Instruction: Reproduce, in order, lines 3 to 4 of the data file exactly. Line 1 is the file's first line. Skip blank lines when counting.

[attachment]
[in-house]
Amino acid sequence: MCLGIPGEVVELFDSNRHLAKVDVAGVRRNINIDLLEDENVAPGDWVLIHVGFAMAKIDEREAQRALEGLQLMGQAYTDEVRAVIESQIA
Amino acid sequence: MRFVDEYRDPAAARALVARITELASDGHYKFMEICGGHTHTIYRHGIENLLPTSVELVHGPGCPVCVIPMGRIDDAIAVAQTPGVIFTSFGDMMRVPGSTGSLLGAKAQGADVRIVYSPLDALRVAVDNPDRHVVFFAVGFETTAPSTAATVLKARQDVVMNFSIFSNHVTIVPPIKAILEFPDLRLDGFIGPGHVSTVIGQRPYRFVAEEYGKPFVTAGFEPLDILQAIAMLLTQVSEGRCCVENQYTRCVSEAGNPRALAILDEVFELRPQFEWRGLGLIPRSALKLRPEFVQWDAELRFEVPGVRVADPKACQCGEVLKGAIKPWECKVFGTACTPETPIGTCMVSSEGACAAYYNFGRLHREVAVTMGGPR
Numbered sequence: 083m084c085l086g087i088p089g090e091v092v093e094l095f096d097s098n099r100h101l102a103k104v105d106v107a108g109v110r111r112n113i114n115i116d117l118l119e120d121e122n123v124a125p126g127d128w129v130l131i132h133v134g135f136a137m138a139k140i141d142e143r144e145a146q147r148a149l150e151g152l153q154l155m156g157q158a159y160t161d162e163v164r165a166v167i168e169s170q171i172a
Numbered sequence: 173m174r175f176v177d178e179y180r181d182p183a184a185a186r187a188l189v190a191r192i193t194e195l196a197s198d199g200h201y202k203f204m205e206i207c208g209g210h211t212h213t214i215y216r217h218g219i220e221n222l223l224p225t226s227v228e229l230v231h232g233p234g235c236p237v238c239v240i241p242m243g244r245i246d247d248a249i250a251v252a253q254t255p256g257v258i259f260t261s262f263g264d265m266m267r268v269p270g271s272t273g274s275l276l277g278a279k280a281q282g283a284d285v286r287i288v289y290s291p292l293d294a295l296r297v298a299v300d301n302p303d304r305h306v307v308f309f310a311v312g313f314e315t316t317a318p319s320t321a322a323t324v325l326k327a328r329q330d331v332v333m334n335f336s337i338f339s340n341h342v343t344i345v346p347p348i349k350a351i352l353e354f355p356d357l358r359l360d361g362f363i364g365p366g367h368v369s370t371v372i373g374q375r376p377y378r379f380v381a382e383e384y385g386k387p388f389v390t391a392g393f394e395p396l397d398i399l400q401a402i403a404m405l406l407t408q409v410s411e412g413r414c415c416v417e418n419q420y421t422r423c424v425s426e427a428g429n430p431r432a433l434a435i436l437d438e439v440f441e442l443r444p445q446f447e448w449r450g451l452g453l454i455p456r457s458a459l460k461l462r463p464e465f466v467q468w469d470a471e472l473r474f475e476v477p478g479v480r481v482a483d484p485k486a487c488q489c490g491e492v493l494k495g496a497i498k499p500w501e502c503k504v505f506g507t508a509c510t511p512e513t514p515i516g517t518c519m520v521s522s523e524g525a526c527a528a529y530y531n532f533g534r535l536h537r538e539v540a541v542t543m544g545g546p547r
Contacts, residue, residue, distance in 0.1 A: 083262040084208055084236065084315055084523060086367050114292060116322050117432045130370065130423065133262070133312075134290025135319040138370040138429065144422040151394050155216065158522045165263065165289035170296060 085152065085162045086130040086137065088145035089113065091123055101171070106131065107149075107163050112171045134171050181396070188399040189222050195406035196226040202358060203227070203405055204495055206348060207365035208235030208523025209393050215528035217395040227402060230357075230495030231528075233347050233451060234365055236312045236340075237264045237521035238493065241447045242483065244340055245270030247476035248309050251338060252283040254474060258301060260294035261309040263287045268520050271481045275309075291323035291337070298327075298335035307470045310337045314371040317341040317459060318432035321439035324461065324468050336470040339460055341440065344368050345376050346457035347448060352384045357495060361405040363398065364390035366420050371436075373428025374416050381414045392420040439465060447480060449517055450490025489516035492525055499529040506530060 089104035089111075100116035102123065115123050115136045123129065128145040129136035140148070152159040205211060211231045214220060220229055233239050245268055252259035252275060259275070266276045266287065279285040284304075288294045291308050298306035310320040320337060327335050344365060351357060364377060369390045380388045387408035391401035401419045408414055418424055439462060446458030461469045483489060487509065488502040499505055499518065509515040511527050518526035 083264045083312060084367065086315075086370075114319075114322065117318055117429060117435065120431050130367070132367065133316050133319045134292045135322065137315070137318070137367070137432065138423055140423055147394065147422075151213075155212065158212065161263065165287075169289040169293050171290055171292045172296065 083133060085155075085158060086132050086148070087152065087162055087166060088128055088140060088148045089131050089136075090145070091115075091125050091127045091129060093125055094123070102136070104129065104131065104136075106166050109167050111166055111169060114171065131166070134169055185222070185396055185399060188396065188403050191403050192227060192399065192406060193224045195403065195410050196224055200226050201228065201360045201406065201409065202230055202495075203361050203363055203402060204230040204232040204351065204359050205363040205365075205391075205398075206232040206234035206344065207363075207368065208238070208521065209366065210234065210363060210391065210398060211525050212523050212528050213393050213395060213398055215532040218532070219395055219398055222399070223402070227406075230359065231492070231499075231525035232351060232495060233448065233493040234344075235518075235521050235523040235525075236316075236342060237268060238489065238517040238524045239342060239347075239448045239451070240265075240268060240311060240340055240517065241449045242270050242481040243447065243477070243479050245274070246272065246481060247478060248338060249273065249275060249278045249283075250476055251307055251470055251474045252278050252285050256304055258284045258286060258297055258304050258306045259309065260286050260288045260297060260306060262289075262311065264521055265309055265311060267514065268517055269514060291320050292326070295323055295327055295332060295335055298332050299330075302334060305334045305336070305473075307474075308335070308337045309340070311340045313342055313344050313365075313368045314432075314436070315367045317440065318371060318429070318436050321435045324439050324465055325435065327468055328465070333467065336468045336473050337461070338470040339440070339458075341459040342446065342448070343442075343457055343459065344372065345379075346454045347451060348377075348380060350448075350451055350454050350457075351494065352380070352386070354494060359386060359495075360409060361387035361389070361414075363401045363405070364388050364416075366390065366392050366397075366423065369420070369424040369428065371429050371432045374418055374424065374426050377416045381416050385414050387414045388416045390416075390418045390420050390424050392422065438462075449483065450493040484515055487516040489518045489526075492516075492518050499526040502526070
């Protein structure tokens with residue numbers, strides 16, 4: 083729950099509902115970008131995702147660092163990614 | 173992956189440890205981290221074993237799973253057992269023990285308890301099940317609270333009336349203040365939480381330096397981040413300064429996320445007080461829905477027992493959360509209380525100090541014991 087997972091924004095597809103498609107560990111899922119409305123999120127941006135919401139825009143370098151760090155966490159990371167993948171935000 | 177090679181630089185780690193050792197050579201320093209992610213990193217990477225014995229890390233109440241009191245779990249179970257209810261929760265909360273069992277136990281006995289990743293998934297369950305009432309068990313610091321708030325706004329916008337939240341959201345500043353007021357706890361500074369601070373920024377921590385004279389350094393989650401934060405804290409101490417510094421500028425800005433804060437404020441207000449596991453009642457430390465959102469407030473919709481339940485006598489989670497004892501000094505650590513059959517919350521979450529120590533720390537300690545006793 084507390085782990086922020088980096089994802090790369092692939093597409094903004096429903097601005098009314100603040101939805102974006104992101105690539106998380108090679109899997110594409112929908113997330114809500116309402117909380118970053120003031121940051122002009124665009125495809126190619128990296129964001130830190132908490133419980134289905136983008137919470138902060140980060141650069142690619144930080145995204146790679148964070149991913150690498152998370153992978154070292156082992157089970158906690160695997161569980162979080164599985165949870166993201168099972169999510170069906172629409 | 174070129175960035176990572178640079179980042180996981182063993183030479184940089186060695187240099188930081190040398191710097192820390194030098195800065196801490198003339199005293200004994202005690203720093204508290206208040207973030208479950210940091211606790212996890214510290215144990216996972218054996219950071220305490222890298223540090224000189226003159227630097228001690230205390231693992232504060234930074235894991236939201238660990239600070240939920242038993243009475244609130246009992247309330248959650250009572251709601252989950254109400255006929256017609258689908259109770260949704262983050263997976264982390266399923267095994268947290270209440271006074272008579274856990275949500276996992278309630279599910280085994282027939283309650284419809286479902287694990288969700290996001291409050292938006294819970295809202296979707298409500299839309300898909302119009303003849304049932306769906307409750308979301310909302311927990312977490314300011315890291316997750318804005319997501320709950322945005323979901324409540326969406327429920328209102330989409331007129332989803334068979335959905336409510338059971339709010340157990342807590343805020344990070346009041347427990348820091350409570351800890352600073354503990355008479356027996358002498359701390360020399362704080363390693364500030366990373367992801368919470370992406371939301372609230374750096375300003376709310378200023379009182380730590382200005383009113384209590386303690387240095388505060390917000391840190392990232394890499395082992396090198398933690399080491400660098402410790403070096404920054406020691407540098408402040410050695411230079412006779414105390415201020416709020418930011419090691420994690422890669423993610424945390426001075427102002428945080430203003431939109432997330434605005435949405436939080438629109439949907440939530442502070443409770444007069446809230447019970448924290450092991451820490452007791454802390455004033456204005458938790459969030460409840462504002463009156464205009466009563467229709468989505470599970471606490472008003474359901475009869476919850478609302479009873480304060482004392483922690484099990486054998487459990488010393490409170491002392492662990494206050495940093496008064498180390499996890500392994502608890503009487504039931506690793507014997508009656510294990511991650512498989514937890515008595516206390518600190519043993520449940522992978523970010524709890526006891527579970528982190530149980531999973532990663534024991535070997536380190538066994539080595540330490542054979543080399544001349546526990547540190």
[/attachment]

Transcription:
Amino acid sequence: MRFVDEYRDPAAARALVARITELASDGHYKFMEICGGHTHTIYRHGIENLLPTSVELVHGPGCPVCVIPMGRIDDAIAVAQTPGVIFTSFGDMMRVPGSTGSLLGAKAQGADVRIVYSPLDALRVAVDNPDRHVVFFAVGFETTAPSTAATVLKARQDVVMNFSIFSNHVTIVPPIKAILEFPDLRLDGFIGPGHVSTVIGQRPYRFVAEEYGKPFVTAGFEPLDILQAIAMLLTQVSEGRCCVENQYTRCVSEAGNPRALAILDEVFELRPQFEWRGLGLIPRSALKLRPEFVQWDAELRFEVPGVRVADPKACQCGEVLKGAIKPWECKVFGTACTPETPIGTCMVSSEGACAAYYNFGRLHREVAVTMGGPR
Numbered sequence: 083m084c085l086g087i088p089g090e091v092v093e094l095f096d097s098n099r100h101l102a103k104v105d106v107a108g109v110r111r112n113i114n115i116d117l118l119e120d121e122n123v124a125p126g127d128w129v130l131i132h133v134g135f136a137m138a139k140i141d142e143r144e145a146q147r148a149l150e151g152l153q154l155m156g157q158a159y160t161d162e163v164r165a166v167i168e169s170q171i172a